This image released by US defense contractor Northrop Grumman shows the test flight of the unmanned X-47B jet on February 4, 2011, at Edwards Air Force Base in California. The X-47B jet, which looks like a smaller version of the B-2 stealth bomber, stayed in the air for 29 minutes and climbed to 5,000 feet in a test flight, according to Northrop Grumman and the US Navy. Military leaders see the plane as part of a new generation of drones that would be able to evade radar and fly at much faster speeds than the current fleet of propeller-driven Predators and Reapers used in the war in Afghanistan. AFP PHOTO/NORTHROP GRUMMAN/HO.

An unmanned, bat-winged stealth bomber made its first demo flight in California, marking the first step in the Navy’s development of a new generation of killer drones.

The experimental warplane, named the X-47B, took off from Edwards Air Force base, shot to 5,000 feet and flew a racetrack pattern over a dry lakebed during the 29-minute demo flight on Friday, the Navy said in a statement.

“Today we got a glimpse towards the future as the Navy’s first-ever tailless, jet-powered unmanned aircraft took to the skies,” said Capt. Jaime Engdahl, the program manager for the plane, said in a statement.

Military leaders see the plane as a major shift from the current fleet of robotic aircraft.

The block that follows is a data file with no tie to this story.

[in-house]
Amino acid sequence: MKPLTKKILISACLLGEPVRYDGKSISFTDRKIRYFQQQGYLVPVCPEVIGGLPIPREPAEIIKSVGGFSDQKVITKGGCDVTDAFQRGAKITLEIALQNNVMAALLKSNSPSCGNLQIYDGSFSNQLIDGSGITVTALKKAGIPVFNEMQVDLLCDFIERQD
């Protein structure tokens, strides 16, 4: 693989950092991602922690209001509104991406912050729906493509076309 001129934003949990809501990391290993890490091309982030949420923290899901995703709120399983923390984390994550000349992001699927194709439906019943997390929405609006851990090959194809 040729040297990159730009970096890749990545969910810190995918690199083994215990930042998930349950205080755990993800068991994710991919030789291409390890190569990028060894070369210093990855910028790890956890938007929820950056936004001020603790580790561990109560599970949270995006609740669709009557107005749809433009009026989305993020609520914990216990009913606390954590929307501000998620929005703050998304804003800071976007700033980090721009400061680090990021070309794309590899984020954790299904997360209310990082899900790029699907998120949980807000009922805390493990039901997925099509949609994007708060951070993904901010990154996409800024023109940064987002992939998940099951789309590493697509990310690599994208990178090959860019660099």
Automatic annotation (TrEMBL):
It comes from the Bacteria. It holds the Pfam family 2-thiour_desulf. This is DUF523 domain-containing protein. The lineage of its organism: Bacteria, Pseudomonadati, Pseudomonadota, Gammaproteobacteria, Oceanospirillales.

Combat drones are usually controlled remotely by human pilots, but the X-47B can carry out extended missions controlled by a computer and is designed to fly faster and farther than existing jets, like the Predators and Reapers used in Afghanistan.

It’s also the first drone capable of taking off and landing aboard an aircraft carrier in the ocean.

Slightly smaller than the B-2 stealth bomber, the X-47B carries laser-guided bombs and can fly at 40,000 feet at speeds faster than 500 miles per hour.

Friday’s test flight was just a taste of the fighter’s capability.

The Navy and the plane’s designer, Northrop Grumman, have planned 50 more test flights throughout the year.

The first plane will complete testing in late 2011, and a second will begin testing shortly thereafter, the Navy said.

Read more: Source: Philip Caulfield for NY Daily News.

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